- Collaborate and cooperate with UI designers, developers, and stakeholders
UI Designer Roles
UI designers create graphical portions of websites, mobile apps, and devices, all the elements that users directly interact with. Although UX can be applied to almost any product or service, UI applies almost exclusively to digital products. The UI designer’s job is to make apps and websites that are both easy to navigate and aesthetically pleasing. Typical UI designer tasks include:
- Organizing page layouts
- Selecting the suitable color palettes and fonts
- Designing the interactive elements (e.g., buttons, drop-down menus, scrollers, toggles, and text fields)
- Developing accurate wireframes and layouts for what the final design will look like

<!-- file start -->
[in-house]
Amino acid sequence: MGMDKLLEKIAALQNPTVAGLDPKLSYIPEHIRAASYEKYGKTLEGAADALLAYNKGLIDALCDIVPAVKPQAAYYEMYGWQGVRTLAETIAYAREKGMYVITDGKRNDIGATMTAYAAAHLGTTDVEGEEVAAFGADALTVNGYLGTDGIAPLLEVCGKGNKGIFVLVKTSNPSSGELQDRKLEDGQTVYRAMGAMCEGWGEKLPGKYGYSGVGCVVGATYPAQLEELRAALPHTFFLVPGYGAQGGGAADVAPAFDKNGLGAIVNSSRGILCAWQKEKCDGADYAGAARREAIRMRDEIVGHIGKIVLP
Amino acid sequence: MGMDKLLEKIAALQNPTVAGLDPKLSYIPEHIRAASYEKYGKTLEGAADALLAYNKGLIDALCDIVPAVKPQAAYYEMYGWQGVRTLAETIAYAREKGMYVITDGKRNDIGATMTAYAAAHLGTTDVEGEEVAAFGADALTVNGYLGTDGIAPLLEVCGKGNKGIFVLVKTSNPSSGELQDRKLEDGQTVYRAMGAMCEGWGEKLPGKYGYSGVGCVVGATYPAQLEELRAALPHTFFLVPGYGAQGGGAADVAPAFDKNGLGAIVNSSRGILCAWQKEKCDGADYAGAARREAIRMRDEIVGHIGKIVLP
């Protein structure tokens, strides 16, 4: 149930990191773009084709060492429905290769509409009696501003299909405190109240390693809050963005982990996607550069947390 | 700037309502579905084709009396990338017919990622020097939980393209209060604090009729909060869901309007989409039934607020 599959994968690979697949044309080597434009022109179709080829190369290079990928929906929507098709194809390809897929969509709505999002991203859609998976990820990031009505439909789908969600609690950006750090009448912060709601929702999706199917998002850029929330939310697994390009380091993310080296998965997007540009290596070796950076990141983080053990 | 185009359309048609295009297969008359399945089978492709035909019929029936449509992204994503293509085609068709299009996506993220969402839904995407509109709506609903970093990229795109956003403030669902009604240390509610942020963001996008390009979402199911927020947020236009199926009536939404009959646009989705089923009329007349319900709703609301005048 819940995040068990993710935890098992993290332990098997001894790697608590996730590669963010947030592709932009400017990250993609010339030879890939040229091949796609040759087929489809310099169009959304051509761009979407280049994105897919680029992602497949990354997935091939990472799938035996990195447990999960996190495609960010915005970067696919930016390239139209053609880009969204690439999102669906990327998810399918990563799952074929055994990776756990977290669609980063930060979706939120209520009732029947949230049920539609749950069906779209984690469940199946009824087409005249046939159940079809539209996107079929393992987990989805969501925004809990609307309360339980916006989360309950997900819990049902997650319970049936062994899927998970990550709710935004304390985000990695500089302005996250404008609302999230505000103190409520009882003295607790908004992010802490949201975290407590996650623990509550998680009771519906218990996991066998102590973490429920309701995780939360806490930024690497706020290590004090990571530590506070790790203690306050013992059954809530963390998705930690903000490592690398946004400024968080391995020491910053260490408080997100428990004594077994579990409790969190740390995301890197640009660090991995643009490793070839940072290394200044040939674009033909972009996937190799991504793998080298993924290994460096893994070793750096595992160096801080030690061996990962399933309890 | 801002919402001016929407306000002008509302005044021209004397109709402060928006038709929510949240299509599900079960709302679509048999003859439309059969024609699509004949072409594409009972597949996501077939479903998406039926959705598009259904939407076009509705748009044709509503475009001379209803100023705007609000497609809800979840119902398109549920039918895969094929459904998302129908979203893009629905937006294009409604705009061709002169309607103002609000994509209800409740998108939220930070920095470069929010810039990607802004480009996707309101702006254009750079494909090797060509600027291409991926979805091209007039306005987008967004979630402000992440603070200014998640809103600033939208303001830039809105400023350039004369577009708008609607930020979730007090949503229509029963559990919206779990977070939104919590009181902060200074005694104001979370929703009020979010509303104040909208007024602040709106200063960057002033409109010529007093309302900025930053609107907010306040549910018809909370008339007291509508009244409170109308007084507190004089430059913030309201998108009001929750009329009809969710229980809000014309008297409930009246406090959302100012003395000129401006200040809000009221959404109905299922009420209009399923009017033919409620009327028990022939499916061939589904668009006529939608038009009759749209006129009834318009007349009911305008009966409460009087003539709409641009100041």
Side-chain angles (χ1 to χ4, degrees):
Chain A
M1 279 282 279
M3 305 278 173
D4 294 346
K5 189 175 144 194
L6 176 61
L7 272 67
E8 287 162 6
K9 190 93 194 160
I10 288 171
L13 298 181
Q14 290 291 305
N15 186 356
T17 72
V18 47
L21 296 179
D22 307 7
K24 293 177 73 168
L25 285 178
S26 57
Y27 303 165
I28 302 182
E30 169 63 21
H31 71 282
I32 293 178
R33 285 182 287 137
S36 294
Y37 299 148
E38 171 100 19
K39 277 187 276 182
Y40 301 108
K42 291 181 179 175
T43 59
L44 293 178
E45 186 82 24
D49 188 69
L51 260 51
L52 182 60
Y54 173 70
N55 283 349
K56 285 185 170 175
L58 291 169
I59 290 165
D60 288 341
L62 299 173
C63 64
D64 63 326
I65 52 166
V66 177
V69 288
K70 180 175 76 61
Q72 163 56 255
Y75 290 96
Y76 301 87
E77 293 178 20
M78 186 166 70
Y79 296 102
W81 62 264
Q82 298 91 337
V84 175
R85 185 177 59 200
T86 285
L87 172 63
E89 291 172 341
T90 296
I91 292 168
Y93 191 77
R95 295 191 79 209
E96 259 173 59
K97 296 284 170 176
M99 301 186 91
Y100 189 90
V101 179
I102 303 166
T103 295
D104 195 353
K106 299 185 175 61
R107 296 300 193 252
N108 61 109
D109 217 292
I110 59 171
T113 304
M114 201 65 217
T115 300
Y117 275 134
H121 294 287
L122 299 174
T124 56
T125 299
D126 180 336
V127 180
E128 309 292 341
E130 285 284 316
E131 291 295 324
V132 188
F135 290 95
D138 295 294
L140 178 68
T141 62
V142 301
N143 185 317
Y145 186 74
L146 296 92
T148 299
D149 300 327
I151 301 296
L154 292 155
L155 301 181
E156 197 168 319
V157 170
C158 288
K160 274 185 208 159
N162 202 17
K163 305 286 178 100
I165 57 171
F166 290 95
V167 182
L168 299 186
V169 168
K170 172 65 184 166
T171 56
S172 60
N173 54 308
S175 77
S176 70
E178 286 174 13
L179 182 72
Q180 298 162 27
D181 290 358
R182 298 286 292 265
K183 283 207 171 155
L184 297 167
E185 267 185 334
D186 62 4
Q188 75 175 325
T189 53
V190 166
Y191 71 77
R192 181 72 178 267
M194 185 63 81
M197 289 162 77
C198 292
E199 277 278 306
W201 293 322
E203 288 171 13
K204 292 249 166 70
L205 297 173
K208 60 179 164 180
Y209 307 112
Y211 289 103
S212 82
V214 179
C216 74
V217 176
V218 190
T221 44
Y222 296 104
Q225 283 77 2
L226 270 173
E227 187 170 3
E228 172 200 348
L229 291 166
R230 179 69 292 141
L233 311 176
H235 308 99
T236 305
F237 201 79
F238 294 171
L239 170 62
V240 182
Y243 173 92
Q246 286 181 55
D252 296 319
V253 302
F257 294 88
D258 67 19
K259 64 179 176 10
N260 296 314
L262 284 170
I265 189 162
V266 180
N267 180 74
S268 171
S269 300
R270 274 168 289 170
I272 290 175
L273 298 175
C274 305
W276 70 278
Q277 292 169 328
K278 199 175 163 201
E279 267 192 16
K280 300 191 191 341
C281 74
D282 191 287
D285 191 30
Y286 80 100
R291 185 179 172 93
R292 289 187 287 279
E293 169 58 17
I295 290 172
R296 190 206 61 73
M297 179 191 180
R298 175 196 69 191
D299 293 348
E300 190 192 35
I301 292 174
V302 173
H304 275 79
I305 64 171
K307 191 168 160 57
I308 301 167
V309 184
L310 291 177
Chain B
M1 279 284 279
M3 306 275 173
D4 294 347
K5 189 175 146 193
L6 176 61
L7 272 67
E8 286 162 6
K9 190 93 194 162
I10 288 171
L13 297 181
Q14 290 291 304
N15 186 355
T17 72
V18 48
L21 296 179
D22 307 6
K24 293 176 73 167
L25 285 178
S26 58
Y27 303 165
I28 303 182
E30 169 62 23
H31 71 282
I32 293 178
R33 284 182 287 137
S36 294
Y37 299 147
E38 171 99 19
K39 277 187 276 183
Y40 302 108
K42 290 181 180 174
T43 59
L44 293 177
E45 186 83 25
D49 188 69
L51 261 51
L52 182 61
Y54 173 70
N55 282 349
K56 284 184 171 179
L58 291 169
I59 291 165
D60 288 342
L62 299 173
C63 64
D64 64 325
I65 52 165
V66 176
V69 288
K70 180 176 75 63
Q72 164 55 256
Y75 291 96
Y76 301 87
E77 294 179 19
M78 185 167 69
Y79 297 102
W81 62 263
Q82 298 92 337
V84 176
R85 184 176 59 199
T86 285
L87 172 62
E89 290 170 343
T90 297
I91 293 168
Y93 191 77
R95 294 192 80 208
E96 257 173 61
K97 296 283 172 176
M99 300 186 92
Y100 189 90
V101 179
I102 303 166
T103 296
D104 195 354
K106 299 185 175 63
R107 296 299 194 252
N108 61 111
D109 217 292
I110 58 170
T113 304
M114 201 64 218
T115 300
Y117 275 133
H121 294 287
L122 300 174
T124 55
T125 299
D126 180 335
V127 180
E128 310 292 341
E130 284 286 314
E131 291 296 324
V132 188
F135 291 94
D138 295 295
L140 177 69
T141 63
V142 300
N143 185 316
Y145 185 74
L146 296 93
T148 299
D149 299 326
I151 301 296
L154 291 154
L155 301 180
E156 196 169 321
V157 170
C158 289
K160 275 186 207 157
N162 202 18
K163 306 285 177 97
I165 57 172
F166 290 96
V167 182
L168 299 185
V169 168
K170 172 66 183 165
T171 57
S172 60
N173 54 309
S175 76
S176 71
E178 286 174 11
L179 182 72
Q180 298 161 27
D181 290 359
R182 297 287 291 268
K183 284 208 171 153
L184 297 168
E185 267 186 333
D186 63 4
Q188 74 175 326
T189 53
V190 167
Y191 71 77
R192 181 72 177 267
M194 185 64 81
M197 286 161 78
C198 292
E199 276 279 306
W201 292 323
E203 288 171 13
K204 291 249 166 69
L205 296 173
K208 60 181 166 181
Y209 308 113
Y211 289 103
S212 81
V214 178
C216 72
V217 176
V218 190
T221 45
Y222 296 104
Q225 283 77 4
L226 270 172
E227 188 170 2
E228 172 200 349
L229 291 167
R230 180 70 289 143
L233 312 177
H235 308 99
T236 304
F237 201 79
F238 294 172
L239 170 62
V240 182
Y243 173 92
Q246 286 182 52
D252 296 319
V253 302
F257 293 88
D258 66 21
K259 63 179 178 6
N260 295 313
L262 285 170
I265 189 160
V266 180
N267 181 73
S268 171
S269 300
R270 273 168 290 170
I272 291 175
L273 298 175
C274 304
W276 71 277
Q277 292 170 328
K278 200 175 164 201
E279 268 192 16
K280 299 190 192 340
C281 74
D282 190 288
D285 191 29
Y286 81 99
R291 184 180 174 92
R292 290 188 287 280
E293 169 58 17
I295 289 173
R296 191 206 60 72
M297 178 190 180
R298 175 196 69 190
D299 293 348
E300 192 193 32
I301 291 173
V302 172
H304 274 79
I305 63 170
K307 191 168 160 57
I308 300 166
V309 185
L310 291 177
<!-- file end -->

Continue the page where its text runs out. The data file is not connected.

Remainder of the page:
- Working closely with developers to turn designs into functioning products
What About Combined UX/UI Designers?
UX and UI designers often work together, but some professionals perform both tasks. Although there’s significant overlap between these professionals, and you can undoubtedly find job postings that advertise for a combined UX/UI designer, inevitably, one role gradually takes precedence over the other.
Here’s a chart that shows how these roles compare.
|User Interface Designer Roles||User Experience Designer Roles||Overlapping Roles|
|Color Theory||User Personas and Research||Collaboration|
|Animation||Iterations and Testing||Design Thinking|
|Design Patterns and Visual Design||User Advocate||Wireframe, Site Map, Storyboard Creator|
What Are the Primary Skills of a UX/UI Designer?